Even though geopolitics and military operations in the Middle East now are making up most headlines, the Saudi-Russian rapprochement will also have economic consequences. Riyadh’s leadership of OPEC is still undisputed, as it has shown over the last several years. Saudi Arabia’s eagerness to counter the free-fall of oil prices has been successful, but a much bigger effort is required to bring prices back to a level of between $60-75 per barrel. Russia’s role—as the largest of non-OPEC producers—has been substantial, bringing in not only several emerging producers, but also by putting pressure on its allies Iran, Venezuela and Algeria.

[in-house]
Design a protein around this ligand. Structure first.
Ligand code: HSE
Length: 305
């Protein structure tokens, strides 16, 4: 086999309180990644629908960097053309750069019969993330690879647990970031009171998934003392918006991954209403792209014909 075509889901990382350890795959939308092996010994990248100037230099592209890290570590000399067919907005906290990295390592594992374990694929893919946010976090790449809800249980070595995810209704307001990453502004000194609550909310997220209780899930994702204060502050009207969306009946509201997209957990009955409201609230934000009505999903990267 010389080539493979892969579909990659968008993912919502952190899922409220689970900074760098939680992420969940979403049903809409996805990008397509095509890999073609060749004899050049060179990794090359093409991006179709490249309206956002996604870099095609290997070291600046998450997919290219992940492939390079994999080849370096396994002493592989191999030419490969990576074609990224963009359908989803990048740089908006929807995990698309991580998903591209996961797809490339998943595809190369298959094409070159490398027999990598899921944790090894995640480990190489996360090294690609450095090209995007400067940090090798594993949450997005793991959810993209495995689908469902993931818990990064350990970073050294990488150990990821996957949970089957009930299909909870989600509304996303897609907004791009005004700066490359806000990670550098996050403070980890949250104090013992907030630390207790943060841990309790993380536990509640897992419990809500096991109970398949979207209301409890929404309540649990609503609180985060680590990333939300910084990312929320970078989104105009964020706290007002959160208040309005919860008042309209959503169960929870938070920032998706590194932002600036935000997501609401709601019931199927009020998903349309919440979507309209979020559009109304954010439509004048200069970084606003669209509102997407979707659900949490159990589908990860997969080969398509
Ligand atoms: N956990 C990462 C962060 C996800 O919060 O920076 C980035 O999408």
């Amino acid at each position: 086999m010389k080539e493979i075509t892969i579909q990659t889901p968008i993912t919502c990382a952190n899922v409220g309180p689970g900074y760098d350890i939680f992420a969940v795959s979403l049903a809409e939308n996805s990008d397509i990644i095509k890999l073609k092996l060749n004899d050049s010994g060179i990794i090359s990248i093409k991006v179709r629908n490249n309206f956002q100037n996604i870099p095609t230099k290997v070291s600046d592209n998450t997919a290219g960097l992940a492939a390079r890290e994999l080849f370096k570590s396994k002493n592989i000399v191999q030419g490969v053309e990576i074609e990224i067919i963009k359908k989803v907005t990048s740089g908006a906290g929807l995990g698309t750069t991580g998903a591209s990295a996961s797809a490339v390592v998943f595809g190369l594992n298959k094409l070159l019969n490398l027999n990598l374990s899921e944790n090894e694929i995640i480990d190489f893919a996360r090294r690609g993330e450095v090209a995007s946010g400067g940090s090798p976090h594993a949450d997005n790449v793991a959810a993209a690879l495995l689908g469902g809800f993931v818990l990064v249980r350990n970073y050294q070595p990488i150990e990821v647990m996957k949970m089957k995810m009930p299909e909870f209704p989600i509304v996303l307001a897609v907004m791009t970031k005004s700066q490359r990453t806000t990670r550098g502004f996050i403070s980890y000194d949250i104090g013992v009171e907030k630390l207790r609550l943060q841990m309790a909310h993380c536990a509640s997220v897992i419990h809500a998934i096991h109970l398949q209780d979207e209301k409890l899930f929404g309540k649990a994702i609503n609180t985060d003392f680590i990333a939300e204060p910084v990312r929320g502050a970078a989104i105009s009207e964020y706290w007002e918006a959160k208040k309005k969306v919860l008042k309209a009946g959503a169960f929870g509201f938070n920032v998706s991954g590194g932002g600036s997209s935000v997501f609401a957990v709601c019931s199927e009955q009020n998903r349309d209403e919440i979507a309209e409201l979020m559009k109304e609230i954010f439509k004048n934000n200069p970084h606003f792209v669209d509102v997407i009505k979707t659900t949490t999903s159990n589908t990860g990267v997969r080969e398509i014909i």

The historically important Moscow-Riyadh cooperation in oil and gas is unprecedented. Without Russia’s support, overall compliance to the OPEC production cut agreement would have been very low, leading to even lower oil prices.
The Saudi-Russian rapprochement could, however, be seen as a threat by the West and OPEC itself. Western influence in the region has waned since the end of the 1990s, not only due to the peace dividend of NATO, but especially because OECD countries are moving away from oil. Saudi Arabia had to find new markets, which happened with China and India. The Saudi future is no longer based on Western customers or support, but lies in Asia and other emerging regions. The FSU region has also popped up on Saudi screens. Investment opportunities, combined with geopolitical support and military interests, are readily available in Russia and its satellite states.